German officers were allowed to visit Bofors to see and try the latest modern artillery. In this way, the connection Krupp-Bofors became very useful for the forming of a new wehrmacht artillery force


I looked up two German language books at the war archives printed by Bofors, documenting the trials visited by officers from 16 nations.
It is possible that the French and British did not accept Germans at their promotions/demonstrations but otherwise it might not been that special.
Sweden needed information on the great war and one good way was to exchange officers with the Reichwehr. Guderian is told to commanded his first tank in Strängnäs during the late twenties.

Erik E wrote:More interesting info, from Krupps memoars:
For 14 years, this Swedish factory produced our heavy artillery, tanks, machineguns, gasbombs and much more........


Hope this was of interest :wink:
Erik E


The last quote is the only one I can dispute.
Bofors did build some caterpillar style tractors but no tanks before the sixties (S-tank). OTOH Landsverk where also owned by German interests, but I have heard the name "Gute hoffnungs Hütte" but it might be a subsidary of Krupp.

And machineguns, nope unless 25mm AA-guns are considered heavy machinegun. (actually what their branded in RSwN)

Thanks for looking it up.

/John T.

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Post by Mark V » 07 Jun 2003 23:19

Hanski,

In site http://www.ankkurinvarsi.net/jaeger/AA_GUNS2.htm is some info about issues you asked (assuming you ment 40mm gun).

I'm too lazy to make summary... :)

Mark V

John T
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Post by John T » 07 Jun 2003 23:19

hmononen wrote:Could anyone please give numbers on the production of Bofors guns?

1. How many Bofors guns were manufactured 1930-1945
- in Sweden (how large a share for domestic use, how much for export?)
- elsewhere in the world (in which countries?) under license

2. During the WWII, where was the Swedish-made export production of Bofors guns delivered? Any numbers?

Cheers,
Hanski


1. -In Sweden aprox 1000 40mm guns and a unknown extra barrels
- Elsewhere: Belgium ,Britain, Finland, France, Greece, Holland, Norway,Poland, Czeckoslovakia, Hungary and Austria between 7 and 10 thousand.
-USA aprox 100 000 guns and 150 000 extra barrels
from Fransson, "Bofors 350 år"


2.
Very simple answer Sweden sold weapons to neutral states that was not in war, some guns where delivered to Portugal in 1941 IIRC.
But no greater numbers.
A number of Dutch guns where keept in Sweden and evenly divided between Sweden and one other country...

The ONLY weapons sold/given to a country in war where transfered to the country who had 9 Bofors 40mm guns in September 1939 and needed more in December. :)


Cheers
/John T.

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Erik E
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Post by Erik E » 07 Jun 2003 23:38

it sound as there where two Germans during some years


Only two mentioned by name!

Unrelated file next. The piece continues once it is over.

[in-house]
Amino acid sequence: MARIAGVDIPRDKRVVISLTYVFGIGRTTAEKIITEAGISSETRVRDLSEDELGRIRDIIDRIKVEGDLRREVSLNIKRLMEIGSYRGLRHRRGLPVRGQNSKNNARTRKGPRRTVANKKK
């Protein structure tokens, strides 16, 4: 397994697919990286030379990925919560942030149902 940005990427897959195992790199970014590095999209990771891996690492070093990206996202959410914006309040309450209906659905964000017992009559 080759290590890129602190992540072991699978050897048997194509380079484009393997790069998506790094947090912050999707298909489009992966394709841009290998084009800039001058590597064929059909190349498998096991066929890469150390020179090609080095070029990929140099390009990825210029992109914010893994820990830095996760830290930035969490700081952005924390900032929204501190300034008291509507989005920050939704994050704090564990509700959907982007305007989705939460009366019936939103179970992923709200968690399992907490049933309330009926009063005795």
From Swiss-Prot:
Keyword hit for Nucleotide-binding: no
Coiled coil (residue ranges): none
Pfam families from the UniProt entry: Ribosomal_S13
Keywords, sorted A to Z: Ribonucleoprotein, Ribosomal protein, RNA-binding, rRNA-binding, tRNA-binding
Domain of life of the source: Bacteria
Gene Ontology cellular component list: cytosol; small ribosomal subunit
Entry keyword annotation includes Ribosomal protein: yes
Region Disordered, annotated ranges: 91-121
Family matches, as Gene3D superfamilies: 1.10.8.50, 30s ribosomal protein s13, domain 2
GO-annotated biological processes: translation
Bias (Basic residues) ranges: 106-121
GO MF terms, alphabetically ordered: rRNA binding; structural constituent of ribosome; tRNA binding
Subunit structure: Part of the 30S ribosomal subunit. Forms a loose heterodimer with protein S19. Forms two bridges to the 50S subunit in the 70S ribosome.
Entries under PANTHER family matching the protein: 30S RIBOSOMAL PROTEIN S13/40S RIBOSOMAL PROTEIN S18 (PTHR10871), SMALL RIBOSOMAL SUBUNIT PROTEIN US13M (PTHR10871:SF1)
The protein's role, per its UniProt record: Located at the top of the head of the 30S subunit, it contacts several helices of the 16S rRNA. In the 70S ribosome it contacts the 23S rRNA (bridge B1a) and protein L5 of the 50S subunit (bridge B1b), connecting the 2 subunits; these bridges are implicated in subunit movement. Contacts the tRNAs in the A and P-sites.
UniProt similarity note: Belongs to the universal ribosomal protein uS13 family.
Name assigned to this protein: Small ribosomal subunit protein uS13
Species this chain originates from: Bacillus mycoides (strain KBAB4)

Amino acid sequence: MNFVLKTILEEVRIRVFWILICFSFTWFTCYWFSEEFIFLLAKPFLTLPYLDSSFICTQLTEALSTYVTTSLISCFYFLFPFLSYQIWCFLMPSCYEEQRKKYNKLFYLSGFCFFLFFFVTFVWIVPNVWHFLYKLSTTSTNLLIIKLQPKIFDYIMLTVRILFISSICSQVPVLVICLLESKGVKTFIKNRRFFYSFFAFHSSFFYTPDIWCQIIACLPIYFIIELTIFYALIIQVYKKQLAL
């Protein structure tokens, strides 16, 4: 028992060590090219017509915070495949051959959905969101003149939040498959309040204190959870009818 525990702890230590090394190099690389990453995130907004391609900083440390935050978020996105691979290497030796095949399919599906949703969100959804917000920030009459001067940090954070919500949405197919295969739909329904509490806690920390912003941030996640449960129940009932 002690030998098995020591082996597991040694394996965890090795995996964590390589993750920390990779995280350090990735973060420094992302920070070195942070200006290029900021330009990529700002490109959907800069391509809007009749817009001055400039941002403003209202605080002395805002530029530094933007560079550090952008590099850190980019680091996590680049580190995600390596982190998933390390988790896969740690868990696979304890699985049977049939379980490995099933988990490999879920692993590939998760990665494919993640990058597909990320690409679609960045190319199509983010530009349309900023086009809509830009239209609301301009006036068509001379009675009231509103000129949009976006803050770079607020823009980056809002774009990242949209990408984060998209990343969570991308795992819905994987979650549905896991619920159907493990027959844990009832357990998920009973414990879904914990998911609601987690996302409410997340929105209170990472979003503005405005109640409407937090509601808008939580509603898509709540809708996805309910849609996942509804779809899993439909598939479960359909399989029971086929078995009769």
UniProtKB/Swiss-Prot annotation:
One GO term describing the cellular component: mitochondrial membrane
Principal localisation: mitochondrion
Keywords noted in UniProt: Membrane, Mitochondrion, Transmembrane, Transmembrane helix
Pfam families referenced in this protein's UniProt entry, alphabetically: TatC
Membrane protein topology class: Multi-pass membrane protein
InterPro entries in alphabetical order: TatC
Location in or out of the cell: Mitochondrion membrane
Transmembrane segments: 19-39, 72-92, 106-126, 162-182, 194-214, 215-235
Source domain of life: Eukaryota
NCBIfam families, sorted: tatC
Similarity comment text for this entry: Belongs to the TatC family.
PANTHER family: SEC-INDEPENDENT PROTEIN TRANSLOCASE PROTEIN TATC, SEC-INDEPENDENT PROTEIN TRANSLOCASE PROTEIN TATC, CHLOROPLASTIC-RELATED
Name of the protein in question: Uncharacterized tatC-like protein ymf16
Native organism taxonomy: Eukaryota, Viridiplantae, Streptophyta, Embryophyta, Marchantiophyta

I doubt the Swedish government would make new laws becouse of two persons........

The book also states that Krupp owned enough stocks to get complete control over Bofors. In my eyes, this is more than a cooperation.......

My conclution so far is:

Krupp had a small "team" of constructors at Bofors in the 20`s.
Their job was not to supply the German army, but keep up to date in the developements of new weapons.

As for the 88, I think it was developed in Germany, but researched/improwed in Sweden. The similarities between the 88 Flak18 , and the 75mm posted here, must be more than a coincident.........

Erik E

John T
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Post by John T » 08 Jun 2003 00:32

Erik E wrote:
it sound as there where two Germans during some years


Only two mentioned by name!
I doubt the Swedish government would make new laws becouse of two persons........

The book also states that Krupp owned enough stocks to get complete control over Bofors. In my eyes, this is more than a cooperation.......

If they where mentioned by name then the issue was of such importance that I can pressume that the author would have added "among others" or something similar if there where others?
[Admittedly, we are both out on a limbe here :) ]

"complete control" of the stock where the reason Swedish government made the law.

But there is one thing that can most easily be explained by an analogy:
Microsoft bought a lot of small companies with good ideas, this does not indicate that the flow of intelectual property has been from Microsoft to the small companies. 8)


Regarding Krupp and Bofors, all you envious scandinavian smaller brothers (I'm pushed from both east and west) tries to indicate that Krupp did the thinking and the Swedes did only the footwork. :cry:

the 88 - 75 connection is undeniable but I have not seen any explanation to why the Bofors 40 was developed from German 37mm when the two guns operates by different methods.



My conclution so far is:

Krupp had a small "team" of constructors at Bofors in the 20`s.
Their job was not to supply the German army, but keep up to date in the developements of new weapons.

As for the 88, I think it was developed in Germany, but researched/improwed in Sweden. The similarities between the 88 Flak18 , and the 75mm posted here, must be more than a coincident.........

Erik E


Yes, of course Bofors was used for development works.